The B2B market: a gateway for OTT leaders
Cloud computing remains the driving force behind the B2B IT sector, and already represents close to a third of IT spending. The sector is largely dominated by B2C service leaders who are taking advantage of these technologies to diversify into B2B segments. The cloud acts as the backbone for all other technologies (IoT, artificial intelligence, big data…) which are then deployed as complementary building blocks.
A market showing no signs of flagging
The public cloud computing market will be worth 139 billion EUR in 2019, and continues to grow by around 20% a year, making it both one of the biggest Internet segments and the sector’s driving force. The cloud market is benefitting from major corporations’ growing reliance on the cloud, and from the increasing use of IT solutions by small and medium businesses, which had previously stayed away for cost reasons. North-America is by far the most developed market – still accounting for close to 50% of revenue in 2023 – as with all IT markets, for that matter. The best developed market segments are IaaS (Infrastructure as a Service), which delivers IT resources (storage, computing power…) on demand, and SaaS (Software as a Service) which enables users to employ shared applications online.
US cloud market leadership reflects its of IT and B2B sofwtare market dominance
Progression of regional public cloud revene
An essentially North America ecosystem
The public cloud computing market is essentially populated by four heavyweights, including three Americans (Amazon, Microsoft and Google) that are now being challenged by Alibaba, which is reporting massive growth rates thanks to its international expansion. At the end of 2018, these four companies had a combined 71% share of the public cloud market. For these major OTT players who are currently targeting mainly consumers, the public cloud constitutes the first step into the B2B market, before undertaking a broader diversification (IoT…).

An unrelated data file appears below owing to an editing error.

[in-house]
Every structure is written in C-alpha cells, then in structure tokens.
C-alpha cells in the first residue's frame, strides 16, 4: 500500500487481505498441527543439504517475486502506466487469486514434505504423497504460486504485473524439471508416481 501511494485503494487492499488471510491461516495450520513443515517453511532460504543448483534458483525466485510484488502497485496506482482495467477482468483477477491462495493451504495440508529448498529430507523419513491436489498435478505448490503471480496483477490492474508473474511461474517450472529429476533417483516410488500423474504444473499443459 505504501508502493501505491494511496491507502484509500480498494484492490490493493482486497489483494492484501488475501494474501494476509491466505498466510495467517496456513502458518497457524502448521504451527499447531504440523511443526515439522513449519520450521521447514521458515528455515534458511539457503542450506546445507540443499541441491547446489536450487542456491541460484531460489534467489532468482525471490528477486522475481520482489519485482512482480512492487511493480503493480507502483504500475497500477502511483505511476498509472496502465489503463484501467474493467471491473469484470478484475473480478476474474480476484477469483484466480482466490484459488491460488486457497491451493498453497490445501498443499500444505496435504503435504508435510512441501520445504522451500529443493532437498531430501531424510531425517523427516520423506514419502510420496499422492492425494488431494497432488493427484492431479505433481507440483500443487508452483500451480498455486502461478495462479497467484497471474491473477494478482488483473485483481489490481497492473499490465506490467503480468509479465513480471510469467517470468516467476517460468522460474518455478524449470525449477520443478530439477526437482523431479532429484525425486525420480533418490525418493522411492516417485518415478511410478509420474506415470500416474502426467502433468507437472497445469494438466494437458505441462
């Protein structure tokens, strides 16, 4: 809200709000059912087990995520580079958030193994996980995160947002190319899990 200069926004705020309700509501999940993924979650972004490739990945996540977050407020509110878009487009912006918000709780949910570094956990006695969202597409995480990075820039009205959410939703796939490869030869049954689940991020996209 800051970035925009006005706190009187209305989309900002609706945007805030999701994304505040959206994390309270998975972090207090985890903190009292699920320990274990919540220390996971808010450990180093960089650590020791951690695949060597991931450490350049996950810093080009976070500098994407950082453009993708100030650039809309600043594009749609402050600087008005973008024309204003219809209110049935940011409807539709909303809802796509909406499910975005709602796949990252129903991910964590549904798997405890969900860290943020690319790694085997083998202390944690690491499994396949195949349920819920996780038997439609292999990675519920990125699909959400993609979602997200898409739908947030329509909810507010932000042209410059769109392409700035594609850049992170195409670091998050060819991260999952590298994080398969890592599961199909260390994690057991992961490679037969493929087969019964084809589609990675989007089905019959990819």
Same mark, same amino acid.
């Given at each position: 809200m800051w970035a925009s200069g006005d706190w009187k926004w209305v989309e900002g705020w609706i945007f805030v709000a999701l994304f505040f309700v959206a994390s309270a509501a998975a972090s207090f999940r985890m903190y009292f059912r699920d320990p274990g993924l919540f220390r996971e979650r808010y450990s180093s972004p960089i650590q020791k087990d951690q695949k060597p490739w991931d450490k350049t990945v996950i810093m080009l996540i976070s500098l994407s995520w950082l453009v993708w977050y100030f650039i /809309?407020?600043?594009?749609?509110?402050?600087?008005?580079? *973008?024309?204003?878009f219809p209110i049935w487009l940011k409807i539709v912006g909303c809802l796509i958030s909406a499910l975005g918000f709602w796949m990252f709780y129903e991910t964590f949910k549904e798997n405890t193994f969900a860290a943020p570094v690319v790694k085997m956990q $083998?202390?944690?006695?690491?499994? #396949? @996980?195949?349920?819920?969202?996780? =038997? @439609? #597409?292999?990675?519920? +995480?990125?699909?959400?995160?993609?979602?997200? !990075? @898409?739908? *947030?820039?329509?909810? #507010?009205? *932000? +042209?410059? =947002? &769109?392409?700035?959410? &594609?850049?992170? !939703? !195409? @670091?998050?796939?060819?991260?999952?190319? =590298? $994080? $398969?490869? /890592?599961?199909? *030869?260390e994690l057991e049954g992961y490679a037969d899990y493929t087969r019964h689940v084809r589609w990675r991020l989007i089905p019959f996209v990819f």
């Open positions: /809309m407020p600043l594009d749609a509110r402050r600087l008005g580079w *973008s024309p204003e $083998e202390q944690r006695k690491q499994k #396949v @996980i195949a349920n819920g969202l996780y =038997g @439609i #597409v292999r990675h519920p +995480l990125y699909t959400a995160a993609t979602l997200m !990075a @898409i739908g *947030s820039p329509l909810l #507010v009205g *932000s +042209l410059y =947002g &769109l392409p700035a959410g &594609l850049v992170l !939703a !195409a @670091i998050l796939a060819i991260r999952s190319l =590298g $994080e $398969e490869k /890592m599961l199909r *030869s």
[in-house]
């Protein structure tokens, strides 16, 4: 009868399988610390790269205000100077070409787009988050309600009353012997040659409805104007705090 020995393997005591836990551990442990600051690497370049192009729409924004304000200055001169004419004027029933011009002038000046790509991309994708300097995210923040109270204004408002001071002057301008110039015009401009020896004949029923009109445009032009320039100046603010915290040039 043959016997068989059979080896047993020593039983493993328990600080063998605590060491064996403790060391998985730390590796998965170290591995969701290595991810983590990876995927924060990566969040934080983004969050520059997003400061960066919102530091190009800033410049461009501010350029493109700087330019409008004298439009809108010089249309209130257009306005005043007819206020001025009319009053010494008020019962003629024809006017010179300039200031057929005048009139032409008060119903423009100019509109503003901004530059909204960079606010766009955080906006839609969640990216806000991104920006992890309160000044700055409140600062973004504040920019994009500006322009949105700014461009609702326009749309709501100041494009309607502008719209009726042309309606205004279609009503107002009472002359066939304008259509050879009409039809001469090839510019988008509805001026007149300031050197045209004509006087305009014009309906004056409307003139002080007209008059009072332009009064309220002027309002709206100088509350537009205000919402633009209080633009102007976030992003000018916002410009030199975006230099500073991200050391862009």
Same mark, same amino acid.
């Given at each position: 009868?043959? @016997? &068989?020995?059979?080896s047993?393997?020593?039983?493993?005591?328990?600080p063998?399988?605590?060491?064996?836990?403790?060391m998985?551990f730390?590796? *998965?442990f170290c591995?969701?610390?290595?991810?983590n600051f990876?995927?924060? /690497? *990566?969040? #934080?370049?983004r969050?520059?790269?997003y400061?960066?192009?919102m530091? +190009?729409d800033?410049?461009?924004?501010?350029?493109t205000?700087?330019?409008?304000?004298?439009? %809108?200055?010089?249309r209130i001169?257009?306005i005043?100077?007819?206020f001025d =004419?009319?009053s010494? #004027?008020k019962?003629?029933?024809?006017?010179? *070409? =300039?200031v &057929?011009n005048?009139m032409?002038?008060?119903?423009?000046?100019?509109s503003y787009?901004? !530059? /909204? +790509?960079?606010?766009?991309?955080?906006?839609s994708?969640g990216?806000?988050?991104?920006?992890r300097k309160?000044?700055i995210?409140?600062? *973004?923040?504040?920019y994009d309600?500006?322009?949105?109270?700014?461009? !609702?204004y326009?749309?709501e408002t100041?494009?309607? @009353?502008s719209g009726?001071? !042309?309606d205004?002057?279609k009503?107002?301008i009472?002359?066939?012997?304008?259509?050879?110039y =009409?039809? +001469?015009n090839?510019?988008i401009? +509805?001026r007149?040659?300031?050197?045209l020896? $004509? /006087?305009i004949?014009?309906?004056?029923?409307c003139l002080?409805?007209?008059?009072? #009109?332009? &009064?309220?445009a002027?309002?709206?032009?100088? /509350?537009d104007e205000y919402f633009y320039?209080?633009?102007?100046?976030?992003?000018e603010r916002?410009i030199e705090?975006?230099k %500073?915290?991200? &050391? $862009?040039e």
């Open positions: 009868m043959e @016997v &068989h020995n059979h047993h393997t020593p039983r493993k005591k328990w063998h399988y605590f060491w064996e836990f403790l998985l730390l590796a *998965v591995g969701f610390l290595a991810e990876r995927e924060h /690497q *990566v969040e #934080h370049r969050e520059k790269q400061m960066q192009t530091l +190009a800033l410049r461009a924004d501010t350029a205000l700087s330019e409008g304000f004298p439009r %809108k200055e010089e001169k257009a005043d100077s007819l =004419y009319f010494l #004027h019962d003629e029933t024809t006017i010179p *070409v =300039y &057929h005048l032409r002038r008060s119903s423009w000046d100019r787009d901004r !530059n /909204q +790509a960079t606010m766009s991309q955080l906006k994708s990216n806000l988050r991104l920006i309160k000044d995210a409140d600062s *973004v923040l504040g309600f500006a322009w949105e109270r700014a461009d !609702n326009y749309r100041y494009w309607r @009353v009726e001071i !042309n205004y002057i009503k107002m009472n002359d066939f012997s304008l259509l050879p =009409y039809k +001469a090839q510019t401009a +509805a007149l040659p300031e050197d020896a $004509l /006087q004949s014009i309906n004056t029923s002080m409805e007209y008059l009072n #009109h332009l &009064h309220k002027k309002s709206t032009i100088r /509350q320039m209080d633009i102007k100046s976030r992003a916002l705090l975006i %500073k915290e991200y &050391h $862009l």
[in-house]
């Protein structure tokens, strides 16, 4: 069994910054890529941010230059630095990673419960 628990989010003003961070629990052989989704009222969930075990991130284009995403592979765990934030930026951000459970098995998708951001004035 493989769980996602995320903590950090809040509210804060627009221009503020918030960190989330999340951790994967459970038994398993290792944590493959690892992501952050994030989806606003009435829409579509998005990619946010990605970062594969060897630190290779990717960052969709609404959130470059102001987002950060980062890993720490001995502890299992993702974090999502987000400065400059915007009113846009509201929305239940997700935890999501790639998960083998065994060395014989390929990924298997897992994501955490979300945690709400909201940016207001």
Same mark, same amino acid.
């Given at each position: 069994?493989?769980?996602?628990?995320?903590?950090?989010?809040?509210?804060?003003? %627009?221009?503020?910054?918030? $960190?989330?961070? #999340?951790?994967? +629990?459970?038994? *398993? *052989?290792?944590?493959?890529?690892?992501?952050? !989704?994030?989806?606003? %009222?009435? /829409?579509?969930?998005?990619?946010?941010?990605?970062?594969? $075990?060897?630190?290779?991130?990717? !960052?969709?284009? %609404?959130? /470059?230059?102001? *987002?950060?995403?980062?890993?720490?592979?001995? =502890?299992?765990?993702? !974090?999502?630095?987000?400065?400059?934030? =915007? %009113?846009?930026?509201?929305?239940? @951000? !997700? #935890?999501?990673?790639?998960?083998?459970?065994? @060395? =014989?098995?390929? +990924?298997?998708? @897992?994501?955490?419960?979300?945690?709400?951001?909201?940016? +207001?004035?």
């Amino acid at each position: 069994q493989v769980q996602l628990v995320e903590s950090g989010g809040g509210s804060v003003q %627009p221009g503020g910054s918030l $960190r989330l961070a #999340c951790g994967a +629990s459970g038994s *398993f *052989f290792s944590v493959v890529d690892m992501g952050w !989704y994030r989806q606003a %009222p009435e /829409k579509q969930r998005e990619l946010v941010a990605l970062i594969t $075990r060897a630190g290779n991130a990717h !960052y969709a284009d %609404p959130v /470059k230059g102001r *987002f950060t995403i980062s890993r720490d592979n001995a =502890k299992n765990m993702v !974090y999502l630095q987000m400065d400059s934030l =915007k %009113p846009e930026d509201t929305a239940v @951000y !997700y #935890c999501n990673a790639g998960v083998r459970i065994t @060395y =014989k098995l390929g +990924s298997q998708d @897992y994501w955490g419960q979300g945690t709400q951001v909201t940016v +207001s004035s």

SaaS providers, such as Salesforce, naturally have smaller shares of the market as they are positioned in specific segments, whereas IaaS is aimed at everyone. The situation is relatively similar in the private cloud computing market: largely dominated by American companies, but often with other key players such as IBM and the top IT integrators in general.
Amazon and Microsoft account for half of the public cloud market
Main public cloud players worldwide, in 2018
New cloud and virtualisation models
The cloud is developing at a tremendous pace, thanks to its strong return on investment, and despite a host of challenges. Many companies are still reluctant to embrace it, for data-related (security, ownership) reasons, and because of technical performance issues. Sovereignty is a major source of concern for governments, as reflected in initiatives like the new Gaia-X in Europe. At the same time, the cloud computing boom has required the construction of a growing number of datacentres, which raises thorny energy consumption issues in this era of climate change worries.
The cloud’s underlying principles, starting with virtualisation, are also developing outside the IT sector, notably in telecoms, with 5G’s SDN/NFV and slicing solutions. They are also expanding gradually outside the initial centralised model, taking a distributed approach called edge computing.
Increasingly distributed cloud computing
Edge computing's share of cloud revenue
Amazon, the undisputed (Web-only) leader
Much to general astonishment, Amazon pulled off its bold move of entering the cloud market in 2006, with AWS. Amazon Web Services has become one of the company’s main pillars and a major source of revenue, and especially margins, despite a very aggressive pricing policy. The division has accounted for 90% of the company’s profits several times over. The product line is vast, including some 100 services. Capitalising on its cloud market leadership, Amazon is expanding naturally into other areas that had long been the dominion of other specialists, and in some cases taking over as market leader (despite coming late to the game), notably by leveraging IoT platforms.